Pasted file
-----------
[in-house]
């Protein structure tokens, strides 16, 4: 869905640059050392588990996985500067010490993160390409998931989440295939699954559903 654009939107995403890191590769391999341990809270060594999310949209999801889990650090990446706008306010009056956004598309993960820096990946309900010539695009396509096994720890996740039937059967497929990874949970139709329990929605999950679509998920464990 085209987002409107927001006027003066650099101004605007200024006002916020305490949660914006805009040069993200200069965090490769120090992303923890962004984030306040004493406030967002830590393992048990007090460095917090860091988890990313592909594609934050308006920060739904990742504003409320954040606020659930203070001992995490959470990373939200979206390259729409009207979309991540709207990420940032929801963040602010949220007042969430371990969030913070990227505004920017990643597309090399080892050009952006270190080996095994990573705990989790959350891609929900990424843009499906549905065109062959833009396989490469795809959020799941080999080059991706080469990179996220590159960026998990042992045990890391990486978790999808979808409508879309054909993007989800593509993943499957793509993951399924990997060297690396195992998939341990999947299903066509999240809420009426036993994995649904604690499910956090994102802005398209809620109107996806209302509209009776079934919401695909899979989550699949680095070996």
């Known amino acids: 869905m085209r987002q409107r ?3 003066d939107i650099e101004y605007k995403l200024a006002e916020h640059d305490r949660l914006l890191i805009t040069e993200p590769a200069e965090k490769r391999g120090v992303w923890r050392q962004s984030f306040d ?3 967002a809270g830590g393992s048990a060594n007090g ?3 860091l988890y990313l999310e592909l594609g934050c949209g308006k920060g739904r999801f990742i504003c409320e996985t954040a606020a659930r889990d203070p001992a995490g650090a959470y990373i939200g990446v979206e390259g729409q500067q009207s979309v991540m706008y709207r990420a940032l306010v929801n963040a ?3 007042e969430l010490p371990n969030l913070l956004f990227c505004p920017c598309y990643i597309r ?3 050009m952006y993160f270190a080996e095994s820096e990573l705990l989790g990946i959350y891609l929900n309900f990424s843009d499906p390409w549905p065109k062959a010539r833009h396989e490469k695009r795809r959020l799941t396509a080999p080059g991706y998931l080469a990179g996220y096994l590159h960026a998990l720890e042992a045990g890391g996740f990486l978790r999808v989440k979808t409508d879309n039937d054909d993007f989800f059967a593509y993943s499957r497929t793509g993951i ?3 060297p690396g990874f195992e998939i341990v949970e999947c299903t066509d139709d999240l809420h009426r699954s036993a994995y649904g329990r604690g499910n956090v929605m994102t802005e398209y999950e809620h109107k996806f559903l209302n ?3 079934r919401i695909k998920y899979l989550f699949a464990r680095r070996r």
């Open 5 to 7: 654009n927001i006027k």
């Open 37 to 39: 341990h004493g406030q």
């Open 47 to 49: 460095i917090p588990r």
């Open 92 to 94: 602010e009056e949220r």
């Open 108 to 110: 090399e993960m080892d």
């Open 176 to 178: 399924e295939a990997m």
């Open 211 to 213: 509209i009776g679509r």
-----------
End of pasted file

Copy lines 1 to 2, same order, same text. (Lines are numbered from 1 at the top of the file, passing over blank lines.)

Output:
[in-house]
């Protein structure tokens, strides 16, 4: 869905640059050392588990996985500067010490993160390409998931989440295939699954559903 654009939107995403890191590769391999341990809270060594999310949209999801889990650090990446706008306010009056956004598309993960820096990946309900010539695009396509096994720890996740039937059967497929990874949970139709329990929605999950679509998920464990 085209987002409107927001006027003066650099101004605007200024006002916020305490949660914006805009040069993200200069965090490769120090992303923890962004984030306040004493406030967002830590393992048990007090460095917090860091988890990313592909594609934050308006920060739904990742504003409320954040606020659930203070001992995490959470990373939200979206390259729409009207979309991540709207990420940032929801963040602010949220007042969430371990969030913070990227505004920017990643597309090399080892050009952006270190080996095994990573705990989790959350891609929900990424843009499906549905065109062959833009396989490469795809959020799941080999080059991706080469990179996220590159960026998990042992045990890391990486978790999808979808409508879309054909993007989800593509993943499957793509993951399924990997060297690396195992998939341990999947299903066509999240809420009426036993994995649904604690499910956090994102802005398209809620109107996806209302509209009776079934919401695909899979989550699949680095070996």